A Likkle Miss Lou: How Jamaican Poet Louise Bennett Coverley Found Her Voice
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A Likkle Miss Lou
How Jamaican Poet Louise Bennett Coverley Found Her Voice
By Nadia L. Hohn
Illustrator Eugenie Fernandes
A Kirkus Reviews most anticipated picture book of fall 2019 by Nadia L. Hohn, named one of CBC’s “6 Black Canadian writers to watch”
Louise Bennett Coverley, better known as Miss Lou, was an iconic poet and entertainer known for popularizing the use of patois in music and poetry internationally—helping to pave the way for artists like Harry Belafonte and Bob Marley to use patois in their work. This picture book tells the story of Miss Lou’s early years, when she was a young girl growing up in Jamaica.
As a child, Miss Lou loved words—particularly the Jamaican English, or patois, that she heard all around her. As a young writer, Miss Lou felt caught between writing “lines of words like tight cornrows,” as her teachers instructed, and words that beat more naturally “in time with her heart.”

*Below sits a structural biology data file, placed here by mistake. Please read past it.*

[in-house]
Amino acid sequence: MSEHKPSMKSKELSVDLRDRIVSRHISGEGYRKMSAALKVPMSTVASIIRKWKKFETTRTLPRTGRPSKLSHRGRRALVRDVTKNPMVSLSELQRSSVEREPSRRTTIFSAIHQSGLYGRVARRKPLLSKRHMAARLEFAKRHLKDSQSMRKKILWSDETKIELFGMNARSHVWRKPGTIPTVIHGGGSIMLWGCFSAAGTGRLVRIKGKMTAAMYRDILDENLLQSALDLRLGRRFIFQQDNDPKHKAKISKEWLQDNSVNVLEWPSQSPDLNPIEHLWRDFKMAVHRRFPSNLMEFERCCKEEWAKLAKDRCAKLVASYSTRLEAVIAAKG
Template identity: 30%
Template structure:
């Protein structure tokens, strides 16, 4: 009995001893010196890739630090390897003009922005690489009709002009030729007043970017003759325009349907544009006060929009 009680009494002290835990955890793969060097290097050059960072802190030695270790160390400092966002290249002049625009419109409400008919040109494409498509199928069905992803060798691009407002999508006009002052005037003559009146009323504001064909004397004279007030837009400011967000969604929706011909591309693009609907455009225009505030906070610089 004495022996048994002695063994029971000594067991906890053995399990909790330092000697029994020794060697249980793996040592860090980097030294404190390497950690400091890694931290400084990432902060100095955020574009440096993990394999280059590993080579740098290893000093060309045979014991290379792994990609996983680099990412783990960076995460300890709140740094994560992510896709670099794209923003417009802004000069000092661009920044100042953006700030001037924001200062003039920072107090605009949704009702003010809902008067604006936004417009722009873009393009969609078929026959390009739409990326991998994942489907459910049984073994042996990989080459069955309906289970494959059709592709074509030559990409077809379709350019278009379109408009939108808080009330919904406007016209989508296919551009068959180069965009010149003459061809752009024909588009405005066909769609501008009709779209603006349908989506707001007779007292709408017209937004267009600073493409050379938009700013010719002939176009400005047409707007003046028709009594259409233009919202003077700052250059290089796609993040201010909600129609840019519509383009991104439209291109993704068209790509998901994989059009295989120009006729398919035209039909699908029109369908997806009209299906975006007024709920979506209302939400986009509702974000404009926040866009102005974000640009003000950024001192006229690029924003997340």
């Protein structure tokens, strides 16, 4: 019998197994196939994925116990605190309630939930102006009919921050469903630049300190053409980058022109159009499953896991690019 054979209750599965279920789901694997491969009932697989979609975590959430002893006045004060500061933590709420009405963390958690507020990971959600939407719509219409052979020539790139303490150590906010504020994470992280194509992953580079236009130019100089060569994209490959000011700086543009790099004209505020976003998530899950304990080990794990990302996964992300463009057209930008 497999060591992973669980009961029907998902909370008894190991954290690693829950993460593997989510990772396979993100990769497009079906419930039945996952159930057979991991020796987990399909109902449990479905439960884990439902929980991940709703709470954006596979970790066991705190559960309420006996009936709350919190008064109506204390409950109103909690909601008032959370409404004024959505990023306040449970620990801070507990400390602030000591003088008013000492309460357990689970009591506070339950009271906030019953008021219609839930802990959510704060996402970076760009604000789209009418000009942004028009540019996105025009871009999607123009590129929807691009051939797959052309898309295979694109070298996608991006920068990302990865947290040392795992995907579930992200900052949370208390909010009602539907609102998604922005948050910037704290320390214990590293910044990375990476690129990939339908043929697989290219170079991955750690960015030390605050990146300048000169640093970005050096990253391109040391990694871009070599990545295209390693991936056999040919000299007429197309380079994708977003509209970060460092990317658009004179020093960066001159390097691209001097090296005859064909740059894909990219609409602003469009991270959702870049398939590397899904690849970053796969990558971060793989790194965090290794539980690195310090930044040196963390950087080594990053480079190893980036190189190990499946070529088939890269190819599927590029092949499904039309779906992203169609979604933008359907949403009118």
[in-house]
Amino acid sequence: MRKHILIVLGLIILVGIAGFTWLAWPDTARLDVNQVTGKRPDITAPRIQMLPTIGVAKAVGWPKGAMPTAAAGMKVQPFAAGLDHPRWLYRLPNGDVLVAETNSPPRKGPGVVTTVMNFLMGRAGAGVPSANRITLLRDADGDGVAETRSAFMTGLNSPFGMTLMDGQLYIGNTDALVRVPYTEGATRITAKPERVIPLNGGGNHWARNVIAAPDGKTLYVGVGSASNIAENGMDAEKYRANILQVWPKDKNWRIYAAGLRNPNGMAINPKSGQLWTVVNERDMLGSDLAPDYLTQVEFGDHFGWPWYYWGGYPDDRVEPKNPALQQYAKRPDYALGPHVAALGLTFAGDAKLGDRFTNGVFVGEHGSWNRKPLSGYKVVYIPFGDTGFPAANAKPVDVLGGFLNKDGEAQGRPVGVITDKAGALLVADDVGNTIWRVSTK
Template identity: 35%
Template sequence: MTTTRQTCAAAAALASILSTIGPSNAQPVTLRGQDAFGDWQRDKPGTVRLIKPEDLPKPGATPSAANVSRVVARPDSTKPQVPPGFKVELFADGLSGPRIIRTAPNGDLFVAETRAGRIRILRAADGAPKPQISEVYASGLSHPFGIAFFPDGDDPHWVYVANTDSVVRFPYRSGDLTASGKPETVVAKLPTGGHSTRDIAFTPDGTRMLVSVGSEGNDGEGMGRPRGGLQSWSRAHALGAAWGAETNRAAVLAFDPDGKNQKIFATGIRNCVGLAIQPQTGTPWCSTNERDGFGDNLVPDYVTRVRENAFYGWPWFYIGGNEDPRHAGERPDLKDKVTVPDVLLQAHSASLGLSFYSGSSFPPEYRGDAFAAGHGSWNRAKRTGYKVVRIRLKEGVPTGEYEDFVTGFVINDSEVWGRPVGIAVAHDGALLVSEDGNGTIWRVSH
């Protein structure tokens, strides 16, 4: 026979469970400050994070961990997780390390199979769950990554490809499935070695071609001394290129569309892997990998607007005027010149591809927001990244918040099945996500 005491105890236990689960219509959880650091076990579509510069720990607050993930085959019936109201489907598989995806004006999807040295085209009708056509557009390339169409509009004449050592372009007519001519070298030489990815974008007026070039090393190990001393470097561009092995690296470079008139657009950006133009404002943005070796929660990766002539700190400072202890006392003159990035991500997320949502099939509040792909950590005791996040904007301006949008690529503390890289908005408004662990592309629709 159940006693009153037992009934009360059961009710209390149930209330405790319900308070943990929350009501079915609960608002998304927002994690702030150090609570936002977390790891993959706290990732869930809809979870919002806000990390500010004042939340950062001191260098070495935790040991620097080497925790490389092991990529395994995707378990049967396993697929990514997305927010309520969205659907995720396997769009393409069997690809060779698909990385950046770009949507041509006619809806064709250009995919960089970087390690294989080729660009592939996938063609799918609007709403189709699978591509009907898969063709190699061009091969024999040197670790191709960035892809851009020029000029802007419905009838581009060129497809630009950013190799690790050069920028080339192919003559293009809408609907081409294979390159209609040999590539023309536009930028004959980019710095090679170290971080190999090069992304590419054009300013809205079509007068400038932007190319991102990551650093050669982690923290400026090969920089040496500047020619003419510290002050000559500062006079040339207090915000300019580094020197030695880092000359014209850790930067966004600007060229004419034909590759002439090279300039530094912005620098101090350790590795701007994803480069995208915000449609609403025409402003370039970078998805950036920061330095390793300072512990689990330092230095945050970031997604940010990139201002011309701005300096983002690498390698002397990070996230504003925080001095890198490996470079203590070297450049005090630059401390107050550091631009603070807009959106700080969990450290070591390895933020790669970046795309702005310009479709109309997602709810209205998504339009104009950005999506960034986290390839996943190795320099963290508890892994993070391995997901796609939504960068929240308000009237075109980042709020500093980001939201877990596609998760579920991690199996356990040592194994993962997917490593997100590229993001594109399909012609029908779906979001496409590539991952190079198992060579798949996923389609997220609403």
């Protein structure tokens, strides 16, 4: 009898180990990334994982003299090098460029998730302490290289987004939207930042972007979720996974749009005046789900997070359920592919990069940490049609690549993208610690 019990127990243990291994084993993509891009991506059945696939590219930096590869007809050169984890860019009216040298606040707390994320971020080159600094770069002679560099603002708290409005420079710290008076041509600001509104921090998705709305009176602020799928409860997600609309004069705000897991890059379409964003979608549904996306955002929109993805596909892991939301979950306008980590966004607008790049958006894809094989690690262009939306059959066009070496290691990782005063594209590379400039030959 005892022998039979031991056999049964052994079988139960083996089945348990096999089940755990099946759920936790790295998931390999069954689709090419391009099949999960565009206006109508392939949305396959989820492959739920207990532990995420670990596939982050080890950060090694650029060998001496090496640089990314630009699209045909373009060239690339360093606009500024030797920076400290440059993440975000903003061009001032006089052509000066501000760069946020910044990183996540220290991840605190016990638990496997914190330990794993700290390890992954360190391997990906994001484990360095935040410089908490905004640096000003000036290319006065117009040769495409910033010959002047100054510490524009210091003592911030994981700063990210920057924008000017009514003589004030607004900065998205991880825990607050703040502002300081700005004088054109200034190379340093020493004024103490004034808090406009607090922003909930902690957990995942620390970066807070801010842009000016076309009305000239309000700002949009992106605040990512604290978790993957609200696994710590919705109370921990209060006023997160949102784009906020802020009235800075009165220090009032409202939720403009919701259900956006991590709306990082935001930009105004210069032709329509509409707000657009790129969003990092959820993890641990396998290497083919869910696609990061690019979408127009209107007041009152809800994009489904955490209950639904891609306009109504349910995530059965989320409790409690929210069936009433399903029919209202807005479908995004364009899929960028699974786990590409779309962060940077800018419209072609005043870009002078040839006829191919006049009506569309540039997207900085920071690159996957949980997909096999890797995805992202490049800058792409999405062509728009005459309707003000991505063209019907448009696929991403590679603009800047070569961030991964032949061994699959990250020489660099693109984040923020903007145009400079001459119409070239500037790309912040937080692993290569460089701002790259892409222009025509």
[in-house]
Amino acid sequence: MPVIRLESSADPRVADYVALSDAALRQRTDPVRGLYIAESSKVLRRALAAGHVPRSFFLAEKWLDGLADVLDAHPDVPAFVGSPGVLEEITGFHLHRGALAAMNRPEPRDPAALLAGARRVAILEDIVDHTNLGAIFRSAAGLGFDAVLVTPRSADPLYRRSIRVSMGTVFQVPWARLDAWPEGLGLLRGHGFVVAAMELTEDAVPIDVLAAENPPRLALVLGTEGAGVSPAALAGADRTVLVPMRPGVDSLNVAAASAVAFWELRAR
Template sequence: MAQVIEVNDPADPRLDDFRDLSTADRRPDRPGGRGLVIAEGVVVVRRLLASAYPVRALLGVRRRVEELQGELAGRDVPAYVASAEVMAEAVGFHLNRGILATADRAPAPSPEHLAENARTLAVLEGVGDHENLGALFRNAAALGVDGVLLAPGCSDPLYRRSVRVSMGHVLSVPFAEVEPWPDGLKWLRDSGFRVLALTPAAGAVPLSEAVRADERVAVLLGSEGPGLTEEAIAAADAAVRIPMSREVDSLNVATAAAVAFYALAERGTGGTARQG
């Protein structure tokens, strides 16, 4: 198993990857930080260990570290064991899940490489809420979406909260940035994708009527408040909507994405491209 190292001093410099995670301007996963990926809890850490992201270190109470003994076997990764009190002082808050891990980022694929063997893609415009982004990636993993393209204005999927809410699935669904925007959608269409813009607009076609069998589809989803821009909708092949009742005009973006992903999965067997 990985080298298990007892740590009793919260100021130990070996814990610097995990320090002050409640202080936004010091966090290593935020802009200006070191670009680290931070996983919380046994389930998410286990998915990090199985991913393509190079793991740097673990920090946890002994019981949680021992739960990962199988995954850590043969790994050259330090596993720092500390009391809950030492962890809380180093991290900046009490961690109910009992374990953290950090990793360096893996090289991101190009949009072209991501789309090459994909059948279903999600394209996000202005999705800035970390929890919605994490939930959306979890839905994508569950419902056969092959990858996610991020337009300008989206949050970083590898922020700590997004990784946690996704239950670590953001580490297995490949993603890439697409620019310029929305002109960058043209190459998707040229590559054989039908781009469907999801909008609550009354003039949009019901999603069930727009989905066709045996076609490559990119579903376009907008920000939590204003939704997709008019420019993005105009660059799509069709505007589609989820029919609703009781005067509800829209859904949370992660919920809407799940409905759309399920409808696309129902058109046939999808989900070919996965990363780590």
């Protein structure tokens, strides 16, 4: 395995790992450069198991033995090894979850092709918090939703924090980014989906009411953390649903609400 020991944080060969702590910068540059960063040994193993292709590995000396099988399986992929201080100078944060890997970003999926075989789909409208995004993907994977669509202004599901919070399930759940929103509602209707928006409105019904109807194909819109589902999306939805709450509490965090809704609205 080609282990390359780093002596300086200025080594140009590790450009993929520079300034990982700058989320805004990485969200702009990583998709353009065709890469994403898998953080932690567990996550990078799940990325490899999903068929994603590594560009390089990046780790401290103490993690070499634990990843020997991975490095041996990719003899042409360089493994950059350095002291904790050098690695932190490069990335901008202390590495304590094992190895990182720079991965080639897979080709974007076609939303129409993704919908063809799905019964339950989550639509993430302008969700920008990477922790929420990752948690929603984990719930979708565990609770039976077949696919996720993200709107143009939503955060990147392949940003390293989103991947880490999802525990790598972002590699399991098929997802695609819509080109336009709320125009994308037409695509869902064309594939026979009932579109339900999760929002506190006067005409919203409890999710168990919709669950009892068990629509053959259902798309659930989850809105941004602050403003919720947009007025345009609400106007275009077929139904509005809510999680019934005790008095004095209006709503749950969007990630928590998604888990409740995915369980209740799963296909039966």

The uplifting and inspiring story of a girl finding her own voice, this is also a vibrant, colorful, and immersive look at an important figure in our cultural history. With rich and warm illustrations bringing the story to life, A Likkle Miss Lou is a modern ode to language, girl power, diversity, and the arts.
End matter includes a glossary of Jamaican patois terms, a note about the author’s #OwnVoices perspective as a Jamaican-Canadian writer, and a brief biography of Miss Lou and her connection to Canada, where she lived for 20 years.
Page Count 32
Age 4 - 8